Accessibility Skip to Global Navigation Skip to Local Navigation Skip to Content Skip to Search Skip to Site Map Menu

Avatar App To Aid Anatomy Learning

Tuesday 23 February 2016 2:54pm

DrYusufCakmakAvatarApp226pxDr Yusuf Cakmak has been awarded a University of Otago CALT University Teaching Development Grant to help develop his interactive avatar app. The app, currently called the 'Interactive Hand and Forearm Avatar', uses 3D technology to mimic the user's hand and finger movements onto a laptop screen. Muscle activation of the hand is translated to a laptop image and shows which muscles are related to the movement. Labels on the image name the muscles and tendons used to create the movement.

Dr Cakmak hopes that the interactive avatar app will encourage a desire within the students to learn their anatomy, and help them retain their anatomy knowledge through this fun process of learning and practice by doing.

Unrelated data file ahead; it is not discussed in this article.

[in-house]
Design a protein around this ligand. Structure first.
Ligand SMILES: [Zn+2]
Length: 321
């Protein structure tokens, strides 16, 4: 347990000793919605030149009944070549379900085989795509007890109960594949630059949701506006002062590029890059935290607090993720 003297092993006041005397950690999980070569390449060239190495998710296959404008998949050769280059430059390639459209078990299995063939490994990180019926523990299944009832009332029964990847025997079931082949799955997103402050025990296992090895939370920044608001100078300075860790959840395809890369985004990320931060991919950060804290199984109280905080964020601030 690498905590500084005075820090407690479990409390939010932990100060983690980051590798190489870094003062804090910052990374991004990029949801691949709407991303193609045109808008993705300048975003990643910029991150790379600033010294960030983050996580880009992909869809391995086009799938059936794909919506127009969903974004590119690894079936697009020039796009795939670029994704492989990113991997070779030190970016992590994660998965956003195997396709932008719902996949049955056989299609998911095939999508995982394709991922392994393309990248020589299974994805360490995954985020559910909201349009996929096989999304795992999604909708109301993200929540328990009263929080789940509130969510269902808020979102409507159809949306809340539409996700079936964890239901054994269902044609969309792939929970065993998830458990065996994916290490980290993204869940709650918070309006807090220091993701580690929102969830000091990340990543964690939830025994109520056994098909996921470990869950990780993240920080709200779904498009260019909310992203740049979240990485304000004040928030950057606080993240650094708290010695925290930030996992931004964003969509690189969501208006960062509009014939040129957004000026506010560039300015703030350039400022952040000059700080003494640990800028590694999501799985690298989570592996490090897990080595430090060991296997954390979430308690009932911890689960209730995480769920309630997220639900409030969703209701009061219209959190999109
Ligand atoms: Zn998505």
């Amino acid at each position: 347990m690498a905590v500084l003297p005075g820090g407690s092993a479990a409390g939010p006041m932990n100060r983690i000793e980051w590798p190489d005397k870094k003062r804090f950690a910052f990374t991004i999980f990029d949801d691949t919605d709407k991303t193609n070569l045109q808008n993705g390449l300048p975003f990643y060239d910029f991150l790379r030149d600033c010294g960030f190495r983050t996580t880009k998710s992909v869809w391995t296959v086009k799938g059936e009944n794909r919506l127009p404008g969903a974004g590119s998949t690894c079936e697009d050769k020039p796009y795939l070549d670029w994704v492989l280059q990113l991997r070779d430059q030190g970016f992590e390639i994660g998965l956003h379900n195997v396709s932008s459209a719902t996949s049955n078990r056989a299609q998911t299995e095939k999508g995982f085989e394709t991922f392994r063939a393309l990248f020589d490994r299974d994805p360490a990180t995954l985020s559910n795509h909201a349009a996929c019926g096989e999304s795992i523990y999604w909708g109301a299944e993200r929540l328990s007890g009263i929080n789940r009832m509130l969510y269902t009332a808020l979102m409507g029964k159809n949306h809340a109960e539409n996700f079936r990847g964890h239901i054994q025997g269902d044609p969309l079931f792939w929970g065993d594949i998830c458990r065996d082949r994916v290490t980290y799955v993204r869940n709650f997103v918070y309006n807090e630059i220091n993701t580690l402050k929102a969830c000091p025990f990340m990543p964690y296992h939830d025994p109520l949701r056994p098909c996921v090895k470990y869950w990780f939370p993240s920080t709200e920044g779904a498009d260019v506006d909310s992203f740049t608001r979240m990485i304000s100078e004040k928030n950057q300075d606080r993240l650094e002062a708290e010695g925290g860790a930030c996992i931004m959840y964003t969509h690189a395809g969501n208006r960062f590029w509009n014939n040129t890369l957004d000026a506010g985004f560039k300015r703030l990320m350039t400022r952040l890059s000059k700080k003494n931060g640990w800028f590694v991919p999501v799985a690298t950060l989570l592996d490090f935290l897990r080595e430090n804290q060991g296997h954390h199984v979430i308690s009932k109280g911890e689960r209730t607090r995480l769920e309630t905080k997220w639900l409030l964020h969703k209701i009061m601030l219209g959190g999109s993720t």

The app is currently at the prototype stage, and Dr Cakmak is working with overseas software engineers to develop the interactive aspects of the device.

The next step will be to evaluate the app as a teaching tool. To do this he will be collaborating with colleagues at the University of Columbia in the United States to seek student feedback. Students at the University of Otago and the University of Columbia will get the opportunity to use the avatar as part of their Anatomy studies, and their feedback will be used to improve the device before it is launched onto the internet.

Dr Cakmak's big dream is to develop a full-body avatar to show body muscles actions in an interactive way. Students would be able to dance, jump, lunge and move around in front of the camera, and the avatar would show which anatomical parts are used in the creation of the movement.

The University of Otago's Committee for the Advancement of Learning and Teaching (CALT) administers the Grant. The purpose of the Grant is to recognize the pedagogically-sound use of technology at Otago and to sustain existing efforts in advancing teaching and learning with technology.

Dr Cakmak's profile page